Alex Callinicos claims at the outset of his most recent book that postmodernism's denial of meta-narrative has undermined the standing of social theory. Certainly this is true of the holistic and structural theorists that Social Theory is chiefly concerned with. Reading Marx is not easy, so why should one bother to do so if the current wisdom is that his whole approach is not only largely wrong but misconceived?
The result is that social theory tends to be discussed either at an arid level among a small number of sociologists or in an increasingly simplistic form on undergraduate courses. In contrast to the second tendency, Callinicos offers a rigorous overview of the historical rise and development of social theory. It is apparently the product of 30 years of studying theory, as the erudition displayed by "proper", page-by-page footnotes would seem to confirm.
The book starts from the philosophical endeavours of the 18th-century Enlightenment to discern social order and change. In an interesting comparison, Callinicos notes how Smith's stress upon the self-regulation of society through the market economy and Montesquieu's typology of political regimes contrasts with the emphasis of earlier thinkers on divine or monarchical intervention and cyclical patterns of change. However, with a possible eye upon the tendency to view the Enlightenment as a brittle and uniform assertion of progress, Callinicos then swiftly moves to its internal strains. Among them Callinicos notes the way in which different philosophers grappled with issues such as rationality and universalism. The inference is that taken together they represent the fault lines of modernity, but unfortunately they do not serve to structure or even constrain the subsequent exposition.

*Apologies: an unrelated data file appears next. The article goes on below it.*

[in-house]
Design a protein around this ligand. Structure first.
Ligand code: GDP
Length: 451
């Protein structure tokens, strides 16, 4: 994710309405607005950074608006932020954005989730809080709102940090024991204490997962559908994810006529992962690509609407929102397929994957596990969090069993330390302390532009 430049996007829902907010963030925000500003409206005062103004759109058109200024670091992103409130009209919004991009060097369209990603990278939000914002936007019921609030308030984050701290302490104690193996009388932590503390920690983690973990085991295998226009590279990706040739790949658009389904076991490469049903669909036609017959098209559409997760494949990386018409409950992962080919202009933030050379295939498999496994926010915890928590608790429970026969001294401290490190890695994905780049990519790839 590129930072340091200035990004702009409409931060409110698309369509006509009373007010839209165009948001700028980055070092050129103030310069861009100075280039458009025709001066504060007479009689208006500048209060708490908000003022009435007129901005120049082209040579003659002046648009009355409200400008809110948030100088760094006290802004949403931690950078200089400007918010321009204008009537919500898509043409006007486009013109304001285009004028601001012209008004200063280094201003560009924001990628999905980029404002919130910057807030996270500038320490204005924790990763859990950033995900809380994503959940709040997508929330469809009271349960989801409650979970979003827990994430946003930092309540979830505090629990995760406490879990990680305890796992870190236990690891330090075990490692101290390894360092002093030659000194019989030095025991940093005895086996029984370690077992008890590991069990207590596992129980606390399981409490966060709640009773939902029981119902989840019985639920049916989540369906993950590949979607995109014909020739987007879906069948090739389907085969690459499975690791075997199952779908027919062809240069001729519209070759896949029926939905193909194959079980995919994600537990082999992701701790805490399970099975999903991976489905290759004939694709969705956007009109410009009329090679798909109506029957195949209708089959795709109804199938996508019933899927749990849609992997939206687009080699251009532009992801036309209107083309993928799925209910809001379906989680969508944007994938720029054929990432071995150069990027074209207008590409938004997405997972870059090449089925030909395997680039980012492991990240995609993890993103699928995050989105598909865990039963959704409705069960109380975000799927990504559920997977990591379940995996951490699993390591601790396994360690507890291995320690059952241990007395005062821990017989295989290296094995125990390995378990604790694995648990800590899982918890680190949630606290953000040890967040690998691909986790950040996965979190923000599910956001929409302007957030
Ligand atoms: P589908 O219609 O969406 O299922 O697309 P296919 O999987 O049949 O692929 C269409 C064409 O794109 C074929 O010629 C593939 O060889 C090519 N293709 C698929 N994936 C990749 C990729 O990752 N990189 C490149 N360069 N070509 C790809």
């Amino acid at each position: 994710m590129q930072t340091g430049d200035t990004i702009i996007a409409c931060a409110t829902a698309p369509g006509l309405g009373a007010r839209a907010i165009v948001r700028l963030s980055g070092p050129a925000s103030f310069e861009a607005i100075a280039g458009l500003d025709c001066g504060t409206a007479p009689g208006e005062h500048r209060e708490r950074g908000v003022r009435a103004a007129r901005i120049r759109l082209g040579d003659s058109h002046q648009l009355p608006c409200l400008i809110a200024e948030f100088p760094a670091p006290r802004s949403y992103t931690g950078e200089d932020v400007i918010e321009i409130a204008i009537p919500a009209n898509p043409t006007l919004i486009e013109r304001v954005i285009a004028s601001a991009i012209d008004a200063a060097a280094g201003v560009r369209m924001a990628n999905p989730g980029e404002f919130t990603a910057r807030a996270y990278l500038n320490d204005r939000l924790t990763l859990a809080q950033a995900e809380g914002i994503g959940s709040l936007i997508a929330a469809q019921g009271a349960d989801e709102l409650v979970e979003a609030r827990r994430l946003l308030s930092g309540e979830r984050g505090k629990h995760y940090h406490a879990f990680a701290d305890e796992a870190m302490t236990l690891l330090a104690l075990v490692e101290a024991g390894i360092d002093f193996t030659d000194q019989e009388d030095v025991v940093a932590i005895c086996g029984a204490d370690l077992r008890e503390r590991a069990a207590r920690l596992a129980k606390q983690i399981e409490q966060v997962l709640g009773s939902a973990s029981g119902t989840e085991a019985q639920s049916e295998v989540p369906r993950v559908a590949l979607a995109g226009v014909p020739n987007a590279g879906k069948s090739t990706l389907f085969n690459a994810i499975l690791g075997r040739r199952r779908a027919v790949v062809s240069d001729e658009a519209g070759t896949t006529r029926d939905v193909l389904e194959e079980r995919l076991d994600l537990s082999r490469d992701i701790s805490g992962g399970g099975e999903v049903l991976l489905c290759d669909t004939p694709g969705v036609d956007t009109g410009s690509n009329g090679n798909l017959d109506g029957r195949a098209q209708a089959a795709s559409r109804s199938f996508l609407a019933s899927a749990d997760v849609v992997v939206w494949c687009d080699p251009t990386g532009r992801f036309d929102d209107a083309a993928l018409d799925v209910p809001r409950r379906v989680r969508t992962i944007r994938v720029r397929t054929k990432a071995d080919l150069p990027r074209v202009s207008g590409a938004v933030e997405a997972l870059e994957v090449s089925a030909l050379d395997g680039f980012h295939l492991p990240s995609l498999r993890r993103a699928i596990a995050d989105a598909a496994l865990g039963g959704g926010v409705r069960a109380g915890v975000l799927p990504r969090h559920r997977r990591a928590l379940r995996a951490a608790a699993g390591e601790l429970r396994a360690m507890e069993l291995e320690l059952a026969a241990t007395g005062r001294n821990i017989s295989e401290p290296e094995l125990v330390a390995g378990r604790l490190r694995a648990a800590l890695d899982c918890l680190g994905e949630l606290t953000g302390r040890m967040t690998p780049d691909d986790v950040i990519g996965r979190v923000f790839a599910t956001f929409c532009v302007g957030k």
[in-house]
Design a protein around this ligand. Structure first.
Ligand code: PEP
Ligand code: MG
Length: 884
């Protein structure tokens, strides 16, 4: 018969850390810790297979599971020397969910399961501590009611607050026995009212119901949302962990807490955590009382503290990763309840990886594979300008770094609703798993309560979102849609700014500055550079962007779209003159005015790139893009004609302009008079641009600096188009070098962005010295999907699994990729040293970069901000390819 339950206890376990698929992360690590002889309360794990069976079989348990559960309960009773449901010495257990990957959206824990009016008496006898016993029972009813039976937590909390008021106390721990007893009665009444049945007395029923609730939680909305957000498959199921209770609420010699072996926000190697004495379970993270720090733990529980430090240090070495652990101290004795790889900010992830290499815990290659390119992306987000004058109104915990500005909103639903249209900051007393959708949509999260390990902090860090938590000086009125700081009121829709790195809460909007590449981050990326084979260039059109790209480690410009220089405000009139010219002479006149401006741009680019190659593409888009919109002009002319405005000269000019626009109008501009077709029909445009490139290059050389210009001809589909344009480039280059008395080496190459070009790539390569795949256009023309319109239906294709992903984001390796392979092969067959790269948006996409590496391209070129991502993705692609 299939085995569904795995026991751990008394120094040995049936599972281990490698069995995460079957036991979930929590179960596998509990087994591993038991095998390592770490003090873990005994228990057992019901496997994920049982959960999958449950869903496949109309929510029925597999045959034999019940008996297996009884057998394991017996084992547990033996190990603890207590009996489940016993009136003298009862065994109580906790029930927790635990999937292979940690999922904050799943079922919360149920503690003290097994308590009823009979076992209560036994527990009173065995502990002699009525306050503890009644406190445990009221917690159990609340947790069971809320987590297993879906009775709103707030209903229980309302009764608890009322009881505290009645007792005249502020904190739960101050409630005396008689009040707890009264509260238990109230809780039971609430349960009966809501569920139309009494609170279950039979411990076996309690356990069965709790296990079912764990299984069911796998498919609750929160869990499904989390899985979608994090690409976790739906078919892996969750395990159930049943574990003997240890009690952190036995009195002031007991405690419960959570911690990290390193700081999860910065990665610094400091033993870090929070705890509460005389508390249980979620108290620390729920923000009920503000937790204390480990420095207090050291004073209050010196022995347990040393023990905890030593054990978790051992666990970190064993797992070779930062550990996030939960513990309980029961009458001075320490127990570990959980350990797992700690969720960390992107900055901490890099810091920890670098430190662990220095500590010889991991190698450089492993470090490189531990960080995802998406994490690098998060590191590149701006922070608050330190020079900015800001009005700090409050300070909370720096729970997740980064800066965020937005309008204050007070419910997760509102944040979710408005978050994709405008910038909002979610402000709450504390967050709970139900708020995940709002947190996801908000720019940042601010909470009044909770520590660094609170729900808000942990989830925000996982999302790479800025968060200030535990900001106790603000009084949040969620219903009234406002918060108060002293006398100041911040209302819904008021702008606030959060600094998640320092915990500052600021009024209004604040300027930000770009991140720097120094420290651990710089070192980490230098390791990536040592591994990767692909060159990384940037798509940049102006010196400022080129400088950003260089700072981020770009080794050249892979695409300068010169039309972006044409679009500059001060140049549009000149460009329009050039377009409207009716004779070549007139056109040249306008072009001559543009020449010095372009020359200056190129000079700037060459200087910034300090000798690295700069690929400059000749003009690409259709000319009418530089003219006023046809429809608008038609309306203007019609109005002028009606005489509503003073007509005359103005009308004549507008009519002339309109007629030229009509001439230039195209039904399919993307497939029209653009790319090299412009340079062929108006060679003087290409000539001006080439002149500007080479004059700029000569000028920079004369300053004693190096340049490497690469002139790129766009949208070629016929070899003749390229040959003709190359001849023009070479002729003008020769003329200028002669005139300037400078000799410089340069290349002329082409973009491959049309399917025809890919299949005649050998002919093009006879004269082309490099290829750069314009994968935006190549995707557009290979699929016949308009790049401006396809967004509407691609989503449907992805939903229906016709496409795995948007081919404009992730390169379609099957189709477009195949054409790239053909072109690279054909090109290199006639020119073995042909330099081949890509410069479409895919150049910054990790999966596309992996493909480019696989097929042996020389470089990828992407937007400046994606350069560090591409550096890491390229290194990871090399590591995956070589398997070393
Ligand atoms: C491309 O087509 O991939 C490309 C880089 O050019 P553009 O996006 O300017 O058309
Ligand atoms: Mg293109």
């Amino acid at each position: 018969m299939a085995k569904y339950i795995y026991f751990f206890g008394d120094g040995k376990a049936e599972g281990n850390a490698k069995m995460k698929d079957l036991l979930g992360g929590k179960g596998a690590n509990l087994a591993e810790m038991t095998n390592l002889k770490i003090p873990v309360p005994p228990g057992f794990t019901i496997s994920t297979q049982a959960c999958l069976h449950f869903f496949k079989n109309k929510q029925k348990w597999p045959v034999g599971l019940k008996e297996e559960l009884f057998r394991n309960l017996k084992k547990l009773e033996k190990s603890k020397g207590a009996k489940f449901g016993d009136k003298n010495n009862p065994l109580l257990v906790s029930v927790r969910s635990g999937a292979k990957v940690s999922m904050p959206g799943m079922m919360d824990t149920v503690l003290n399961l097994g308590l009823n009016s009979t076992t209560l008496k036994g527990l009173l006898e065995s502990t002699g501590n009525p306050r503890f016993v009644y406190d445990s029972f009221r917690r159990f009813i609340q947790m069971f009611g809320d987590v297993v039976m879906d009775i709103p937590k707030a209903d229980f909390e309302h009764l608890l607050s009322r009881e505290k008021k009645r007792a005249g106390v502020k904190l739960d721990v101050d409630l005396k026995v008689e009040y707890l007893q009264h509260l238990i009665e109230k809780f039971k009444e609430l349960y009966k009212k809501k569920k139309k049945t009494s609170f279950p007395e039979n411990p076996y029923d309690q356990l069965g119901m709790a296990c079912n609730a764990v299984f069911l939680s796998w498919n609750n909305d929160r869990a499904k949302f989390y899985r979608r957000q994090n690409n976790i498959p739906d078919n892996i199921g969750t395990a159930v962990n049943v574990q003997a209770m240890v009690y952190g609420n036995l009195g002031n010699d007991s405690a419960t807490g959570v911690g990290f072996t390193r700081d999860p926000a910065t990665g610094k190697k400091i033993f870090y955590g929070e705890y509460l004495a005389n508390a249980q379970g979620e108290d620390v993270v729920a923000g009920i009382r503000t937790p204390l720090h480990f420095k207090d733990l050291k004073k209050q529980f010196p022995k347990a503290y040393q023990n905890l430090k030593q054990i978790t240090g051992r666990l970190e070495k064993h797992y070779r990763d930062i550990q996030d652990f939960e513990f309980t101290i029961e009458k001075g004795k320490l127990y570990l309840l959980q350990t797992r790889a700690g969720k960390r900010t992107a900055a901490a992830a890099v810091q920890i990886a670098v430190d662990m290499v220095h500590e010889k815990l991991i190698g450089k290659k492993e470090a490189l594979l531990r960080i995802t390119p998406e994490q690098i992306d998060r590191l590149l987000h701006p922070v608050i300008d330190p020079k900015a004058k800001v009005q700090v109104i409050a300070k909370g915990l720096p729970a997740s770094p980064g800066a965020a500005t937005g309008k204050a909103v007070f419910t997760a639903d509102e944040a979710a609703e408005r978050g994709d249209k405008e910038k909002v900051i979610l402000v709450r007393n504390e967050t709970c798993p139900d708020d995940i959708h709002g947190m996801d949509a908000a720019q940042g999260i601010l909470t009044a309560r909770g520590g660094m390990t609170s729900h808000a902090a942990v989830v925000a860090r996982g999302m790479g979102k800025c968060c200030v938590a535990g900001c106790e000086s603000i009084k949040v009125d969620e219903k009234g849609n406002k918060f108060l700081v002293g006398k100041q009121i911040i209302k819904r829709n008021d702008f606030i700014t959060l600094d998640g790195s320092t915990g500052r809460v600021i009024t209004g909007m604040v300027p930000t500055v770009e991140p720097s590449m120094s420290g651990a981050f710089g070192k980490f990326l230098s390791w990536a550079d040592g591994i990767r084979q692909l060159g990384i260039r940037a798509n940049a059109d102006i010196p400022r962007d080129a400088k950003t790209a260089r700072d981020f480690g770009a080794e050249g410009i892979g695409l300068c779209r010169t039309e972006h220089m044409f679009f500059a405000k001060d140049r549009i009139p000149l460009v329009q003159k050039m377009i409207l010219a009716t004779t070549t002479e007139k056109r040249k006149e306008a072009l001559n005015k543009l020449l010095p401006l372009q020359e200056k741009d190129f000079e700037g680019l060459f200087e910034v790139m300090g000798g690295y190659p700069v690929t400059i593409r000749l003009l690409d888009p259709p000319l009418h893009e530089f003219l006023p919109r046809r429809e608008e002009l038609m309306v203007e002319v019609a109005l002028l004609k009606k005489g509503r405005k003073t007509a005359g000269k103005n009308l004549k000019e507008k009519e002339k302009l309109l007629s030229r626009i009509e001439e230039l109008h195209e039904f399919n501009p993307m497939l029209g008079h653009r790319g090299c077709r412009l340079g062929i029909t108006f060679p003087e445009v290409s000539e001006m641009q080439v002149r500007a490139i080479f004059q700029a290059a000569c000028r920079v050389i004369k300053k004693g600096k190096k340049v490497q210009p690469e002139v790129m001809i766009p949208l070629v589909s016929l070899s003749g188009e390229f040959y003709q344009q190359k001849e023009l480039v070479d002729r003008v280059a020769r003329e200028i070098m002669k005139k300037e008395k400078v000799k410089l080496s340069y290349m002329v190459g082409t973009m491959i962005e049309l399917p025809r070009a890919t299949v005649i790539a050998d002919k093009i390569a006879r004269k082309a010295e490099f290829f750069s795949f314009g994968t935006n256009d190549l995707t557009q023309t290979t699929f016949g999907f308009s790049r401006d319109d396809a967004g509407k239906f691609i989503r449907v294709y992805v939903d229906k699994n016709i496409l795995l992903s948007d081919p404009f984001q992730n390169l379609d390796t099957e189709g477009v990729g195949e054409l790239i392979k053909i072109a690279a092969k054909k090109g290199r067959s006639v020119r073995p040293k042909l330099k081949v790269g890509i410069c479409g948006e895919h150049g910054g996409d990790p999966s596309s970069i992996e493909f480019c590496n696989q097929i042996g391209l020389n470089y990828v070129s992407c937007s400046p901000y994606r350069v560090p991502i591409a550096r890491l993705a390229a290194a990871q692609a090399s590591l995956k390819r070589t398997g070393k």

The remaining chapters, which constitute the bulk of the book, are of varying quality. Those on Marx and Hegel are lucid, while that on the influence of evolutionary accounts of human development on social theory in the 19th century is especially useful. Thereafter, the focus and clarity seem to slip somewhat. Some discussion of Nietzsche and Heidegger is important given their anticipation of post-structuralism, but it is very dense. The chapters on Durkheim and Weber try to cover too much ground. Moreover, Callinicos's tendency to discuss such thinkers at a primarily philosophical level leads, for example, to the identification of crime as a logical difficulty for Durkheim, when in fact he thought it had a positive social role. The final chapter ostensibly covers the contemporary social theory of Anthony Giddens and Ulrich Beck, but evidently Callinicos really wants to try to tackle the far wider question of the nature of contemporary capitalism.
There appears to be a recurring and unresolved tension throughout Social Theory. On the one hand, Callinicos seems to have tried to write a work of intellectual history that sheds light on the unfolding of modernity through the lens of social theory, with the ultimate intention of validating Marxism. On the other, he has attempted to sketch an overview of social theory for an undergraduate audience. Nevertheless, for the scale of its learning and its refusal to resort to caricature, this book is to be recommended.
Sam Pryke is lecturer in sociology, Liverpool Hope University College.
Social Theory: A Historical Introduction
Author - Alex Callinicos
ISBN - 0 7456 1644 5 and 1645 3
Publisher - Polity
Price - £49.50 and £14.99
Pages - 339